GREENVILLE, S.C. (WSPA)– Fall sports are well underway.
Health experts warn there could be health risks, like staph infection, lurking in your locker room, gym, or on your team.
As part of our “Ask the Expert” series, in partnership with Bon Secours St. Francis Health, 7 News’ Taylor Murray spoke with a sports and family medicine physician about protecting yourself from staph infections.
“Staph infection is an infection in the skin by the bacteria staphylococcus aureus”Dr. Nathan Gasque / Sports and Family Medicine Physician, Bon Secours St. Francis Health
The CDC reports staph infections have risen in recent years across the country.
Dr. Nathan Gasque, a sports and family medicine physician, says there are more than 30 strains. Some are more difficult to treat.
“MRSA is also a staph infection, but it’s methicillin-resistant, meaning it is usually more a little bit more dangerous and resistant to certain antibodies,” Dr. Gasque said.
The skin infection is transmitted through skin-to-skin contact or blood and tends to spread easily among athletes.
“They’re often sweaty. They’re often swapping different materials in the locker room, so it’s very common to be transmitted throughout,” Dr. Gasque said.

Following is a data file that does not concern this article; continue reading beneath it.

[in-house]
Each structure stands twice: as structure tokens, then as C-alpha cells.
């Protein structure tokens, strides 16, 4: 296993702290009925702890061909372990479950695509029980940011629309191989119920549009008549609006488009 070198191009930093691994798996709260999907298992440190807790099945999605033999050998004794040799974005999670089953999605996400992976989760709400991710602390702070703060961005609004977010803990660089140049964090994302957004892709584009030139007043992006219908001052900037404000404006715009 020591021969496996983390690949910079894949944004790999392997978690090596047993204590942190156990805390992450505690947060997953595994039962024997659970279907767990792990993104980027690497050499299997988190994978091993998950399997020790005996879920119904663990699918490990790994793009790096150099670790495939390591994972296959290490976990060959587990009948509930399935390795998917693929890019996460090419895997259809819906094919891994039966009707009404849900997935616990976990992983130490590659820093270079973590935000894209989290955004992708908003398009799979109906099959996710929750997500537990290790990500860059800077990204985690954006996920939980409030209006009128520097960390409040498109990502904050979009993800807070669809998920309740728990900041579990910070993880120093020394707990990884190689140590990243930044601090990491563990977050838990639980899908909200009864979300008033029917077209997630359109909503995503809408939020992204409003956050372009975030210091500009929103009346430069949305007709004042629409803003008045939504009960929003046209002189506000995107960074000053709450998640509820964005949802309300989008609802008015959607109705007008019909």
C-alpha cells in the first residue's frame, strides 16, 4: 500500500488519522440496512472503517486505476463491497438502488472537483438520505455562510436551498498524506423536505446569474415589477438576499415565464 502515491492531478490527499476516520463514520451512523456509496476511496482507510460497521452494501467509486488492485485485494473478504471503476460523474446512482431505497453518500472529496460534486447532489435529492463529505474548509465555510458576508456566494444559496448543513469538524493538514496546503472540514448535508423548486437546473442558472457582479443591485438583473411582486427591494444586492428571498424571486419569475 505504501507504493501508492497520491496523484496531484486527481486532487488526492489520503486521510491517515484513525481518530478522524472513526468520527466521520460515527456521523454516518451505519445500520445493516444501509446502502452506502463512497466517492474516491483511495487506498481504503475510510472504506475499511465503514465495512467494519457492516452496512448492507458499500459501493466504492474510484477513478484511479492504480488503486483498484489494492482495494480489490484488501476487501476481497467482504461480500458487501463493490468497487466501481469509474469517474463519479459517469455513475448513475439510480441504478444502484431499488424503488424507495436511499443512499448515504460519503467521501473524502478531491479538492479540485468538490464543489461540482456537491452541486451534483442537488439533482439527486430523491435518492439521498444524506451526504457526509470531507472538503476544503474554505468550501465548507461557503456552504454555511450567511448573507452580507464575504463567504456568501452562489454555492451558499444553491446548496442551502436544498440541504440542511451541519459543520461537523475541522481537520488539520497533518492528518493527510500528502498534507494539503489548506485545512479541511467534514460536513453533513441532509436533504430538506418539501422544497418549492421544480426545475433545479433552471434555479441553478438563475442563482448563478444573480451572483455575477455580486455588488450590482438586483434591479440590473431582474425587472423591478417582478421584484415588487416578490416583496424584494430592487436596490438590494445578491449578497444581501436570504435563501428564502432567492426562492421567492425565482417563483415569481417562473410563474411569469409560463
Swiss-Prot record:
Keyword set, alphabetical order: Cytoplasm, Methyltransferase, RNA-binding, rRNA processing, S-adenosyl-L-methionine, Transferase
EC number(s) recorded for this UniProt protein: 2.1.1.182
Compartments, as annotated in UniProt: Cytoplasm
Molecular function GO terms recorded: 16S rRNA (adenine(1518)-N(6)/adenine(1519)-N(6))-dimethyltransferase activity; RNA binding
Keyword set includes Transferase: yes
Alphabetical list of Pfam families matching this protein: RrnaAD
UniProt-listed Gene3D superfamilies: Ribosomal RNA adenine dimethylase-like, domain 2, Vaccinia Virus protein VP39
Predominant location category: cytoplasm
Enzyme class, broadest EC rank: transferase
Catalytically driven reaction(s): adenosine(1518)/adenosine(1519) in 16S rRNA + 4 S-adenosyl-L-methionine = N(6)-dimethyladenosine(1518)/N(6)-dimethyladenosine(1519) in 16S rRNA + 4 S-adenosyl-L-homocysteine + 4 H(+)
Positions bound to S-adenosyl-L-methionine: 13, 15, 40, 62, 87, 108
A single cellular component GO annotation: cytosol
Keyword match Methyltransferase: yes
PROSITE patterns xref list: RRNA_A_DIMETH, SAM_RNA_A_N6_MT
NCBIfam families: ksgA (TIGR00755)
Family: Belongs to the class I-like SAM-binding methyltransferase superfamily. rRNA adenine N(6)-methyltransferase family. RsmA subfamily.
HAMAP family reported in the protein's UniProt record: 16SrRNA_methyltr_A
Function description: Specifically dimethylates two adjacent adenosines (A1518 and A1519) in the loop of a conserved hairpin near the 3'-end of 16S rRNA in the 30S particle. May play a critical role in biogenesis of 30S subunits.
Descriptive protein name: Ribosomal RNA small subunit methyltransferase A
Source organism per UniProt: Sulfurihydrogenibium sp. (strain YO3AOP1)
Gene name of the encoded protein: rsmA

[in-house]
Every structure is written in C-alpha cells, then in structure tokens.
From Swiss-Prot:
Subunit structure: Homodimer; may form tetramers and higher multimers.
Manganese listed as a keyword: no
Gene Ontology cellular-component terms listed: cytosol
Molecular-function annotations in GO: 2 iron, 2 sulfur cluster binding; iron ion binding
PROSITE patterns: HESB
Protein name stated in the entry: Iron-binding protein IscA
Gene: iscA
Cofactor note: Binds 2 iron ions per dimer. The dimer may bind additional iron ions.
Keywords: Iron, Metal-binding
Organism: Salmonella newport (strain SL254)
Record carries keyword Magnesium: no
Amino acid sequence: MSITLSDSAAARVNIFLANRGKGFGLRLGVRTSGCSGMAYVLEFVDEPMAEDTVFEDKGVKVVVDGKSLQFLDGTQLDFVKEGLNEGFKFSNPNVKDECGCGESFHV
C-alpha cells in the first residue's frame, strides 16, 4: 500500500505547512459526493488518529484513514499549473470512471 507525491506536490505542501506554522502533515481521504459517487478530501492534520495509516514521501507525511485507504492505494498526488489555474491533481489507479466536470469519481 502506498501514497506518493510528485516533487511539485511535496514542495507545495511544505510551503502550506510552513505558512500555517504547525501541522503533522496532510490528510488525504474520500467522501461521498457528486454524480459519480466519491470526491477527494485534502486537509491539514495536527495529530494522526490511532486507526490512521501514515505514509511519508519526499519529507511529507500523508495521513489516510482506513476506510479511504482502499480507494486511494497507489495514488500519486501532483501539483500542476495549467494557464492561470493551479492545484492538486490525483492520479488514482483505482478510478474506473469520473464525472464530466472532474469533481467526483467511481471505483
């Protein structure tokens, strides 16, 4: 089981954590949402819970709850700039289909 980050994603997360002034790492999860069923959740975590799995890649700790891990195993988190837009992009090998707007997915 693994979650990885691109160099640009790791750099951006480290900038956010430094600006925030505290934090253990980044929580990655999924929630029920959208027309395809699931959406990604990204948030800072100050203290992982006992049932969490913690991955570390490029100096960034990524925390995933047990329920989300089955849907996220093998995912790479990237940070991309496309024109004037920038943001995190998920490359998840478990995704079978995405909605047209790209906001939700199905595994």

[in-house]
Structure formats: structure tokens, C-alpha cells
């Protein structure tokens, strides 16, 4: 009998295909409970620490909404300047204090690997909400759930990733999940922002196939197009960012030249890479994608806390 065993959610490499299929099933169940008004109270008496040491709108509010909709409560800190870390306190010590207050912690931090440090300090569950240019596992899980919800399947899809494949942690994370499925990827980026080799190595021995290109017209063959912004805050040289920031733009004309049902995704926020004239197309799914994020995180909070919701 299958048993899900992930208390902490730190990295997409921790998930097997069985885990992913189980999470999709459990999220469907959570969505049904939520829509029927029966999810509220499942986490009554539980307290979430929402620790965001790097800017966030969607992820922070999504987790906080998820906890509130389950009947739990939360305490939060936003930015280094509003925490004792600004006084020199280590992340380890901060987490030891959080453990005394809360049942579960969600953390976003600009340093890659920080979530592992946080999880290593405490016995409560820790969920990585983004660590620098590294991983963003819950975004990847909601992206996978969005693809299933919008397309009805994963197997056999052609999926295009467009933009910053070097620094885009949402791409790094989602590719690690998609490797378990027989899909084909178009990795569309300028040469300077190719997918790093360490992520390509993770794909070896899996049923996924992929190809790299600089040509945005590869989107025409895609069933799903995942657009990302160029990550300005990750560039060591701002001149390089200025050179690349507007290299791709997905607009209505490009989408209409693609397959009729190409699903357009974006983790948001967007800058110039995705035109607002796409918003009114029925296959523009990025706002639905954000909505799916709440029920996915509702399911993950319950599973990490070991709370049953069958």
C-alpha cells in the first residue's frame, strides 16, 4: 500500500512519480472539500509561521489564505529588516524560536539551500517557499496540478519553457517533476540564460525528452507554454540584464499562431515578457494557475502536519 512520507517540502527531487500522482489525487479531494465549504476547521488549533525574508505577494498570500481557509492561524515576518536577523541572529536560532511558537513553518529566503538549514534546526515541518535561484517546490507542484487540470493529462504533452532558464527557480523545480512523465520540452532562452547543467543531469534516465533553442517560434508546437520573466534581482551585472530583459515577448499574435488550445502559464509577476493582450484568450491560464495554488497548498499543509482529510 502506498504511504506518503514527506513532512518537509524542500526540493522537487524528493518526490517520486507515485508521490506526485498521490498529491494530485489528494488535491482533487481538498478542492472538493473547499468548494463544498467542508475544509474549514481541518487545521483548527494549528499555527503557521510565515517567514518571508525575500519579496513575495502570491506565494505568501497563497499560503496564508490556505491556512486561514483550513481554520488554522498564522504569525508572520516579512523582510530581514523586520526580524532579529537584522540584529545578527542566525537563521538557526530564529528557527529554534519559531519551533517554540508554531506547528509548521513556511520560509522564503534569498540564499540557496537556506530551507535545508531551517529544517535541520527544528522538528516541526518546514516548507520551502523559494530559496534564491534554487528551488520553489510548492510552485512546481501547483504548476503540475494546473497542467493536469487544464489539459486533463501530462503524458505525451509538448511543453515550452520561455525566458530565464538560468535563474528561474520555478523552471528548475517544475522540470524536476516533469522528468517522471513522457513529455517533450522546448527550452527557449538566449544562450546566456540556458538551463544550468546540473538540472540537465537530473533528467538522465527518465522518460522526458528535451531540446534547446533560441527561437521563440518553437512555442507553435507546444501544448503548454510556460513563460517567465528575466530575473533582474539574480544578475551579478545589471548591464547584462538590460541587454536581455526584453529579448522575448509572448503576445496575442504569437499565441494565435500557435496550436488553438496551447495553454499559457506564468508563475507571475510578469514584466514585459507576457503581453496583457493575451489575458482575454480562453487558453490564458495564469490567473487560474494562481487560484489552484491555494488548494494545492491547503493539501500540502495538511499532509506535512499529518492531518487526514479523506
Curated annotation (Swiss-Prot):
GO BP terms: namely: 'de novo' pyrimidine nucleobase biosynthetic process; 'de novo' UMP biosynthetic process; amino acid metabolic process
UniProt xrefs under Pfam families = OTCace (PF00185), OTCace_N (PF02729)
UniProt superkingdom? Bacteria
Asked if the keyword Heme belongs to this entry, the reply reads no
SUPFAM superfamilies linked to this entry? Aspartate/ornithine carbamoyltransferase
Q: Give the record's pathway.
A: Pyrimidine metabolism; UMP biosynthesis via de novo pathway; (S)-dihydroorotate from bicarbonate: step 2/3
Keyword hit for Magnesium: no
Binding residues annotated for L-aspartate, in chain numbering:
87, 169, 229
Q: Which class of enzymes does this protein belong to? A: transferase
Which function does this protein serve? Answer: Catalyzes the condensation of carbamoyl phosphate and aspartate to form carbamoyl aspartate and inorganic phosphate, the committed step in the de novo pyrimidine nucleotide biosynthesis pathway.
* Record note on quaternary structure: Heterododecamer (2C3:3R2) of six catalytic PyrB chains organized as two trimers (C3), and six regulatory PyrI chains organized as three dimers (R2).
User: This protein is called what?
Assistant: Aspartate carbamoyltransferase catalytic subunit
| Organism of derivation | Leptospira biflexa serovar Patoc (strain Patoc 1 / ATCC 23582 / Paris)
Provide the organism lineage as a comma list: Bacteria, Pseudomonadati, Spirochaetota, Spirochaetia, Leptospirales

It often starts out small and you may mistake it for a bug bite.
“Usually you have surrounding redness and tenderness as well as a little bit of swelling around the area,” Dr. Gasque said.
When in doubt, get it checked out because left untreated staph infections can be deadly.
“The staph infection can get into the bloodstream and if that’s the case then usually you’re going to have systemic symptoms, such as fevers, muscle aches, chills, a little confusion as well,” Dr. Gasque said.
To prevent staph infection in the locker room, at the gym, or on your team.. Dr. Gasque says hygiene is very important.
“After all athletic events, aound contact with the other players, I would recommend getting immediately into a shower, cleaning off.”Dr. Nathan Gasque / Sports and Family Medicine Physician, Bon Secours St. Francis Health
Try to keep the locker room as clean as possible.
“Making sure that you are not using old socks, shin guards, or equipment over and over and over without being washed, cleaned, and sterilized,” Dr. Gasque said.
Most staph infections are treated with antibiotics. Resistant strains or serious infections may require IV antibiotics or may need to be drained.